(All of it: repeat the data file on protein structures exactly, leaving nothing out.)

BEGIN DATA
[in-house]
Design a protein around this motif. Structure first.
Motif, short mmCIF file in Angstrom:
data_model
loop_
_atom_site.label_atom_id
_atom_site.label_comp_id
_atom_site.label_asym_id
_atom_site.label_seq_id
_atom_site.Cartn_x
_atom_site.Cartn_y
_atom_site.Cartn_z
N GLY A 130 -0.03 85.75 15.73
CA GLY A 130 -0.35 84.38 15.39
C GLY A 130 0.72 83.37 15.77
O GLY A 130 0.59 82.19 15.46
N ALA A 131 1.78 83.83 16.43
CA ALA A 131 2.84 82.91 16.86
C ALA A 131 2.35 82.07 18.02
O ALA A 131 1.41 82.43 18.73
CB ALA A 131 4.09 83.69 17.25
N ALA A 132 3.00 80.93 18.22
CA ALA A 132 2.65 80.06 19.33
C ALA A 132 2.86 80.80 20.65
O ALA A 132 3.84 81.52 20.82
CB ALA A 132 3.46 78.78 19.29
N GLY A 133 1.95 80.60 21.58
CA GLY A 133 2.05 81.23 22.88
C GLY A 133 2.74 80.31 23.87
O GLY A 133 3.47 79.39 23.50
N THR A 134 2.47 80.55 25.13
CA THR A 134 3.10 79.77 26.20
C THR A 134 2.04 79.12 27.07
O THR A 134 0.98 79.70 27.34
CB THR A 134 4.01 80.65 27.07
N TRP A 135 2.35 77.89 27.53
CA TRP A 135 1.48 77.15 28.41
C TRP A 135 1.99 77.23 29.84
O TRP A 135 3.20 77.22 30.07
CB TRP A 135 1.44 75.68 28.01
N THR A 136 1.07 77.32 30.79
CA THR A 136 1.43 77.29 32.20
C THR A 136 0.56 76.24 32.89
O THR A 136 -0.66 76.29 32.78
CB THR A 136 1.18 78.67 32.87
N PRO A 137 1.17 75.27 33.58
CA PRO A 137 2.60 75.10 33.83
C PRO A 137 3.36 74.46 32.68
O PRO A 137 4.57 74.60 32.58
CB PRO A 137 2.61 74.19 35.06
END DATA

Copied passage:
[in-house]
Design a protein around this motif. Structure first.
Motif, short mmCIF file in Angstrom:
data_model
loop_
_atom_site.label_atom_id
_atom_site.label_comp_id
_atom_site.label_asym_id
_atom_site.label_seq_id
_atom_site.Cartn_x
_atom_site.Cartn_y
_atom_site.Cartn_z
N GLY A 130 -0.03 85.75 15.73
CA GLY A 130 -0.35 84.38 15.39
C GLY A 130 0.72 83.37 15.77
O GLY A 130 0.59 82.19 15.46
N ALA A 131 1.78 83.83 16.43
CA ALA A 131 2.84 82.91 16.86
C ALA A 131 2.35 82.07 18.02
O ALA A 131 1.41 82.43 18.73
CB ALA A 131 4.09 83.69 17.25
N ALA A 132 3.00 80.93 18.22
CA ALA A 132 2.65 80.06 19.33
C ALA A 132 2.86 80.80 20.65
O ALA A 132 3.84 81.52 20.82
CB ALA A 132 3.46 78.78 19.29
N GLY A 133 1.95 80.60 21.58
CA GLY A 133 2.05 81.23 22.88
C GLY A 133 2.74 80.31 23.87
O GLY A 133 3.47 79.39 23.50
N THR A 134 2.47 80.55 25.13
CA THR A 134 3.10 79.77 26.20
C THR A 134 2.04 79.12 27.07
O THR A 134 0.98 79.70 27.34
CB THR A 134 4.01 80.65 27.07
N TRP A 135 2.35 77.89 27.53
CA TRP A 135 1.48 77.15 28.41
C TRP A 135 1.99 77.23 29.84
O TRP A 135 3.20 77.22 30.07
CB TRP A 135 1.44 75.68 28.01
N THR A 136 1.07 77.32 30.79
CA THR A 136 1.43 77.29 32.20
C THR A 136 0.56 76.24 32.89
O THR A 136 -0.66 76.29 32.78
CB THR A 136 1.18 78.67 32.87
N PRO A 137 1.17 75.27 33.58
CA PRO A 137 2.60 75.10 33.83
C PRO A 137 3.36 74.46 32.68
O PRO A 137 4.57 74.60 32.58
CB PRO A 137 2.61 74.19 35.06